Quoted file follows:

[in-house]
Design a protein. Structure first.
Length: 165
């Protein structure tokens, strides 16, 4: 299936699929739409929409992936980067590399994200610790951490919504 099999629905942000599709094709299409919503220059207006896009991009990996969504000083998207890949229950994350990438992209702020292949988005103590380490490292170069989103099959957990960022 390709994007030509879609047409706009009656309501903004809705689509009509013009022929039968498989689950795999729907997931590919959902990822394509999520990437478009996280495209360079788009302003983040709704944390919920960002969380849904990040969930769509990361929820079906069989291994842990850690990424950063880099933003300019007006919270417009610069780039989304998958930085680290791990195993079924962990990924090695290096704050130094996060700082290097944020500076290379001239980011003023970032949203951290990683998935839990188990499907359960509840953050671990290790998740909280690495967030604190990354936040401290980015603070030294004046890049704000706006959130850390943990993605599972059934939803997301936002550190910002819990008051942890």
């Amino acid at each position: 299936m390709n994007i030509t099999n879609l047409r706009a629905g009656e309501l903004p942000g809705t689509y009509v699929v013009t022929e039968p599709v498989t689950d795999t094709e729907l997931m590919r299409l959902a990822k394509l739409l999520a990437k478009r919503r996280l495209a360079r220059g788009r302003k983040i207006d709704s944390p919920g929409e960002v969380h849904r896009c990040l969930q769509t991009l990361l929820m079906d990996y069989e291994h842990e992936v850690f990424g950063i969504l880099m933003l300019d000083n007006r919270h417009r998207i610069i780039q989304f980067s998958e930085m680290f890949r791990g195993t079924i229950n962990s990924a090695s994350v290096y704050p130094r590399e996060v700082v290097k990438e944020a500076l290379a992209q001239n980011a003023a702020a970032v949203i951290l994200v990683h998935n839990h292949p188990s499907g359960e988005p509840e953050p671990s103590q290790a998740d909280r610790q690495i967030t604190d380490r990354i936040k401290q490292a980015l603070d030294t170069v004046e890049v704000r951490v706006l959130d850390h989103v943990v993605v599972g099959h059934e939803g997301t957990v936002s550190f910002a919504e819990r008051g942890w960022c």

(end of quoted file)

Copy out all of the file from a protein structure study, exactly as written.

[in-house]
Design a protein. Structure first.
Length: 165
């Protein structure tokens, strides 16, 4: 299936699929739409929409992936980067590399994200610790951490919504 099999629905942000599709094709299409919503220059207006896009991009990996969504000083998207890949229950994350990438992209702020292949988005103590380490490292170069989103099959957990960022 390709994007030509879609047409706009009656309501903004809705689509009509013009022929039968498989689950795999729907997931590919959902990822394509999520990437478009996280495209360079788009302003983040709704944390919920960002969380849904990040969930769509990361929820079906069989291994842990850690990424950063880099933003300019007006919270417009610069780039989304998958930085680290791990195993079924962990990924090695290096704050130094996060700082290097944020500076290379001239980011003023970032949203951290990683998935839990188990499907359960509840953050671990290790998740909280690495967030604190990354936040401290980015603070030294004046890049704000706006959130850390943990993605599972059934939803997301936002550190910002819990008051942890």
């Amino acid at each position: 299936m390709n994007i030509t099999n879609l047409r706009a629905g009656e309501l903004p942000g809705t689509y009509v699929v013009t022929e039968p599709v498989t689950d795999t094709e729907l997931m590919r299409l959902a990822k394509l739409l999520a990437k478009r919503r996280l495209a360079r220059g788009r302003k983040i207006d709704s944390p919920g929409e960002v969380h849904r896009c990040l969930q769509t991009l990361l929820m079906d990996y069989e291994h842990e992936v850690f990424g950063i969504l880099m933003l300019d000083n007006r919270h417009r998207i610069i780039q989304f980067s998958e930085m680290f890949r791990g195993t079924i229950n962990s990924a090695s994350v290096y704050p130094r590399e996060v700082v290097k990438e944020a500076l290379a992209q001239n980011a003023a702020a970032v949203i951290l994200v990683h998935n839990h292949p188990s499907g359960e988005p509840e953050p671990s103590q290790a998740d909280r610790q690495i967030t604190d380490r990354i936040k401290q490292a980015l603070d030294t170069v004046e890049v704000r951490v706006l959130d850390h989103v943990v993605v599972g099959h059934e939803g997301t957990v936002s550190f910002a919504e819990r008051g942890w960022c």